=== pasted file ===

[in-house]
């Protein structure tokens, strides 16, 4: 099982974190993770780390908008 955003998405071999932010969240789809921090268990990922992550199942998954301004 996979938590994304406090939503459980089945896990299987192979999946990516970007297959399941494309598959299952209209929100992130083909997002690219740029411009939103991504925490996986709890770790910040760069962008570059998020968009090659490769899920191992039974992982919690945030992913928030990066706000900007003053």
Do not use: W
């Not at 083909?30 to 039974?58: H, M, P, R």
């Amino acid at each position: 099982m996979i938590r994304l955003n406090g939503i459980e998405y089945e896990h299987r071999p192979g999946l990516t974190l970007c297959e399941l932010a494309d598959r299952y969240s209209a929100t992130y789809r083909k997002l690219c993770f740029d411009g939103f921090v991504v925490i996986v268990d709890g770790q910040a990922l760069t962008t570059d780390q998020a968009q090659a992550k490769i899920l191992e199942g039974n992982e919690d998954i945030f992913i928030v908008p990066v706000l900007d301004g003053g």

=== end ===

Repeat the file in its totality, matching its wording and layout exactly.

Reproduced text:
[in-house]
């Protein structure tokens, strides 16, 4: 099982974190993770780390908008 955003998405071999932010969240789809921090268990990922992550199942998954301004 996979938590994304406090939503459980089945896990299987192979999946990516970007297959399941494309598959299952209209929100992130083909997002690219740029411009939103991504925490996986709890770790910040760069962008570059998020968009090659490769899920191992039974992982919690945030992913928030990066706000900007003053």
Do not use: W
């Not at 083909?30 to 039974?58: H, M, P, R």
């Amino acid at each position: 099982m996979i938590r994304l955003n406090g939503i459980e998405y089945e896990h299987r071999p192979g999946l990516t974190l970007c297959e399941l932010a494309d598959r299952y969240s209209a929100t992130y789809r083909k997002l690219c993770f740029d411009g939103f921090v991504v925490i996986v268990d709890g770790q910040a990922l760069t962008t570059d780390q998020a968009q090659a992550k490769i899920l191992e199942g039974n992982e919690d998954i945030f992913i928030v908008p990066v706000l900007d301004g003053g």